AI, ethics and the investor community

The impact of coding bias means that effective governance of AI requires human understanding of the processes and data inputs involved, writes Virginie O’Shea, founder of Firebrand Research, who explains why a black box approach just won’t cut it for the investment community.

We’ve spent the best part of a year talking about gamification and the retail investor, but how do you effectively address the problems underlying app design, including their potential design bias? And what about the wider role of data analytics and artificial intelligence (AI) in the investment process and governance of these changing dynamics? And what role should regulators play in this area?

I’ve listened to some fascinating discussions over recent months on the topic of AI, data analytics and the impact of coding bias on recommendations via trading and investment apps. Ethics and AI are something we all need to consider carefully together as we automate more processes and potentially replace humans via robo-advisors or other client-facing, AI-based technology applications. We should even consider them for those apps behind the scenes – for example, what kinds of automatic workflows are we generating and are we spotting the risks in the process at the right time?

A particularly robust discussion happened last week during the Securities and Exchange Commission’s Investor Advisory Committee session on AI, where external speakers highlighted some examples of the coding and data biases embedded within consumer applications that reflect the community of coders working on these apps. For example, one of the speakers raised the data biases in credit scoring where certain neighbourhoods and addresses may score differently than others, therefore impacting any applications that use these credit scores for approvals or investment purposes. What impact might this data have on black-owned start-ups seeking investment? Could it exclude these firms from vital investment opportunities because of automatic screening, for instance?

If we have a primarily white male community of coders from similar backgrounds and with similar interests involved in producing the models underlying these apps, what kinds of risks do we overlook due to ‘group think’? Where are the blindspots and how can we reduce them in algorithms and analytics tools? Given the importance of environmental, social and governance (ESG) strategies, these dynamics should be front and centre for the capital markets, with the emphasis on the G part.

Both the models and the data being fed into that application need to be considered carefully from a bias perspective. Effective governance of AI requires human understanding of the processes and data inputs involved – a black box approach just won’t cut it.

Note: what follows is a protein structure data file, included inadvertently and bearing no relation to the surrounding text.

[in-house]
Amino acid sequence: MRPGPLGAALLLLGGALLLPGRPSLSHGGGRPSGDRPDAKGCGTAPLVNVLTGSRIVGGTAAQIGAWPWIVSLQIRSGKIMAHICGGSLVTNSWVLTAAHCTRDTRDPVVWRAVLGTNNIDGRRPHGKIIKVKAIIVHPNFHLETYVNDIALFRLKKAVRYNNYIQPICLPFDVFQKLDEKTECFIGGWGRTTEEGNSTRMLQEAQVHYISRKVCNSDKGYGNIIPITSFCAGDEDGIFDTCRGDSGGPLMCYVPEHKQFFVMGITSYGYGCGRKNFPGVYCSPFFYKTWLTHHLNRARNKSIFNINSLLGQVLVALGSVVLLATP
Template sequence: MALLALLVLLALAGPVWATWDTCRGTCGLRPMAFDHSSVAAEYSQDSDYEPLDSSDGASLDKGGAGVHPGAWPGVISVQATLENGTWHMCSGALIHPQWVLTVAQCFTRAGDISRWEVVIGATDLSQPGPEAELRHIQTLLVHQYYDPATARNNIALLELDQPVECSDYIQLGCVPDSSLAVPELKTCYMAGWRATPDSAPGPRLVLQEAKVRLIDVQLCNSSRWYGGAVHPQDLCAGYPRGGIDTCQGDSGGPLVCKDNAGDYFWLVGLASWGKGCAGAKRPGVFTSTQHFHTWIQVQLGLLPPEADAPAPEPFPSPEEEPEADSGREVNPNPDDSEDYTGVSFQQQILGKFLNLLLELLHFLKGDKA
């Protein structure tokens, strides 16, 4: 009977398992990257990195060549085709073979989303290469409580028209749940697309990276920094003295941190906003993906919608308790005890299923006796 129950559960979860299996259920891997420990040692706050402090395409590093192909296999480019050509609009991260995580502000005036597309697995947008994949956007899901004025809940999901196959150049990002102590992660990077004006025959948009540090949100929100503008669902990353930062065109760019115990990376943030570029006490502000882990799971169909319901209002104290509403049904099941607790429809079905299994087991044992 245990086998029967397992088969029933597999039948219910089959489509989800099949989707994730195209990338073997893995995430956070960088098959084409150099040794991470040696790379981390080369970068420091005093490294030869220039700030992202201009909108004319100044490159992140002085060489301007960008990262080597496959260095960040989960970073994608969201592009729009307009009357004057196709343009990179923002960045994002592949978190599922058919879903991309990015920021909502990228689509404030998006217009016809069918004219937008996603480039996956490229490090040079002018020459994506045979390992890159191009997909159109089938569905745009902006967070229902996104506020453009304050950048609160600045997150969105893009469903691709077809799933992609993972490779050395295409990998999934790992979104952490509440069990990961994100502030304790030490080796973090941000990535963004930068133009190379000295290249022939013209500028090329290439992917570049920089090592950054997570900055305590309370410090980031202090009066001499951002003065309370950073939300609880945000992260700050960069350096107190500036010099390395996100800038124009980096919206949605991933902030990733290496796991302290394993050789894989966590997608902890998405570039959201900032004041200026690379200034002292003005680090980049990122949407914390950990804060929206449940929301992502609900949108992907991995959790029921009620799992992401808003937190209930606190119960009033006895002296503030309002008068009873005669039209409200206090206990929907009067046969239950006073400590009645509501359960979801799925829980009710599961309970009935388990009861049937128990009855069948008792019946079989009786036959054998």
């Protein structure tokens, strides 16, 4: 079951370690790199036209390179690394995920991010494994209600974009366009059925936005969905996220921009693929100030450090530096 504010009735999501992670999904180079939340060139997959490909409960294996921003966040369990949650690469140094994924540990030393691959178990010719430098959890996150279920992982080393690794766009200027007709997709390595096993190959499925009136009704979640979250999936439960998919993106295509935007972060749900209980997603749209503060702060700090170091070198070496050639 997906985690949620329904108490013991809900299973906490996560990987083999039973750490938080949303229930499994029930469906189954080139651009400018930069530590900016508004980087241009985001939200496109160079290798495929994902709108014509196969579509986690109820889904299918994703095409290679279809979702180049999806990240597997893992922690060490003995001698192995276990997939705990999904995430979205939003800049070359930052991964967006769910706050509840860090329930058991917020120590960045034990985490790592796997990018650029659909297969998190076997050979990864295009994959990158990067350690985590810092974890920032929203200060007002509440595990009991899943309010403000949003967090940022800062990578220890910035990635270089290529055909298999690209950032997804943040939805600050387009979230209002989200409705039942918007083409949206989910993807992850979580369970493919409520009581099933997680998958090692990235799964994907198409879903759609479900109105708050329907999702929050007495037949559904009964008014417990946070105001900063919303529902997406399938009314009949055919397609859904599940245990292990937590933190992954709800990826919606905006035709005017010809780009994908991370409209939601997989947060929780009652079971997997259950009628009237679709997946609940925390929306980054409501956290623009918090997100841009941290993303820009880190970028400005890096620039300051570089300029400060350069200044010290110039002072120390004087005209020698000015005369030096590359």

It’s clear the regulators are aiming to get up to speed on this area and numerous papers have been issued off the back of these discussions. The UK’s Bank of England and Financial Conduct Authority (FCA) set up a public-private forum on AI in 2020 and the group published its report last month, highlighting the need for greater control of the AI development and management process. Point 16 of its executive summary highlights the need for “diversity of skills and perspective” and the report as a whole places huge emphasis on explainability of models, data and outputs as part of the governance process.

The EU level regulators and the US government are also prioritising the topic of AI across industries – just look at the discussions about the US Bill of Rights for AI and EU framework for AI for proof.

Most financial regulators stop short of directly regulating technology – they rarely favour one technology platform over another, for example – but AI is likely to be an area that continues to ping the investor protection radar. Ensuring that markets are fair and accessible to all means that as well as holding humans to account, regulators need to be able to effectively police any human replacements in the mix.

However, there will continue to be challenges in ensuring that the teams working on these projects within capital markets are diverse, unless further direct action is taken by the industry in this particular area. You just need to look at the speaker lists for AI in capital markets technology conferences to see the problem – it’s one of the most manel-heavy areas in the industry.

There are many facets to the ethics conversation about AI – staffing, technology design, data – so expect these to continue to provoke industry debate for some time to come.